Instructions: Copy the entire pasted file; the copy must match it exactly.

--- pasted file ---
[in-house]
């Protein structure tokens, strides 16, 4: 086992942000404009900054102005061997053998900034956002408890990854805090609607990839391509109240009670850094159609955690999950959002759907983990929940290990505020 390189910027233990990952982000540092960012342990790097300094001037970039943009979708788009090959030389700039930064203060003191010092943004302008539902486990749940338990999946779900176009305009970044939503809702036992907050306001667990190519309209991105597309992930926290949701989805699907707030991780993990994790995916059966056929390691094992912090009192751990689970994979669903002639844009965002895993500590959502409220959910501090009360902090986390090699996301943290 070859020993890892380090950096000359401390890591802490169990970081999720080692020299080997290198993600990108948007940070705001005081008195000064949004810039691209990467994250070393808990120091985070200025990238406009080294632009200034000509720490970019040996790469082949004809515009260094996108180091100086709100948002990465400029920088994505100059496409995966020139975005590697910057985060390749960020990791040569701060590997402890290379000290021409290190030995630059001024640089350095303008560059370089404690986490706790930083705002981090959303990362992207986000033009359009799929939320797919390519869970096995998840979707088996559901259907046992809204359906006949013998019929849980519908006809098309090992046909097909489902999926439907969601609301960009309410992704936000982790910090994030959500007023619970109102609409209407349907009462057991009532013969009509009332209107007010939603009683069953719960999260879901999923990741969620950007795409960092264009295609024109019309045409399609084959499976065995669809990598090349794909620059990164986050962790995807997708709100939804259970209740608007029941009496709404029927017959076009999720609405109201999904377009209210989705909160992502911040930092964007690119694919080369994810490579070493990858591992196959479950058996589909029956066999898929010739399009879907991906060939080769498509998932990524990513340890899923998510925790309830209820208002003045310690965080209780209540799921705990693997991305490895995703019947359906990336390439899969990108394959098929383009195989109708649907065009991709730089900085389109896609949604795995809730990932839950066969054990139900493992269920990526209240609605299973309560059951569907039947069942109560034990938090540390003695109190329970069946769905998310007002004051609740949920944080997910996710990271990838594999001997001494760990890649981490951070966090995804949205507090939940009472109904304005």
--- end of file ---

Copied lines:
[in-house]
């Protein structure tokens, strides 16, 4: 086992942000404009900054102005061997053998900034956002408890990854805090609607990839391509109240009670850094159609955690999950959002759907983990929940290990505020 390189910027233990990952982000540092960012342990790097300094001037970039943009979708788009090959030389700039930064203060003191010092943004302008539902486990749940338990999946779900176009305009970044939503809702036992907050306001667990190519309209991105597309992930926290949701989805699907707030991780993990994790995916059966056929390691094992912090009192751990689970994979669903002639844009965002895993500590959502409220959910501090009360902090986390090699996301943290 070859020993890892380090950096000359401390890591802490169990970081999720080692020299080997290198993600990108948007940070705001005081008195000064949004810039691209990467994250070393808990120091985070200025990238406009080294632009200034000509720490970019040996790469082949004809515009260094996108180091100086709100948002990465400029920088994505100059496409995966020139975005590697910057985060390749960020990791040569701060590997402890290379000290021409290190030995630059001024640089350095303008560059370089404690986490706790930083705002981090959303990362992207986000033009359009799929939320797919390519869970096995998840979707088996559901259907046992809204359906006949013998019929849980519908006809098309090992046909097909489902999926439907969601609301960009309410992704936000982790910090994030959500007023619970109102609409209407349907009462057991009532013969009509009332209107007010939603009683069953719960999260879901999923990741969620950007795409960092264009295609024109019309045409399609084959499976065995669809990598090349794909620059990164986050962790995807997708709100939804259970209740608007029941009496709404029927017959076009999720609405109201999904377009209210989705909160992502911040930092964007690119694919080369994810490579070493990858591992196959479950058996589909029956066999898929010739399009879907991906060939080769498509998932990524990513340890899923998510925790309830209820208002003045310690965080209780209540799921705990693997991305490895995703019947359906990336390439899969990108394959098929383009195989109708649907065009991709730089900085389109896609949604795995809730990932839950066969054990139900493992269920990526209240609605299973309560059951569907039947069942109560034990938090540390003695109190329970069946769905998310007002004051609740949920944080997910996710990271990838594999001997001494760990890649981490951070966090995804949205507090939940009472109904304005």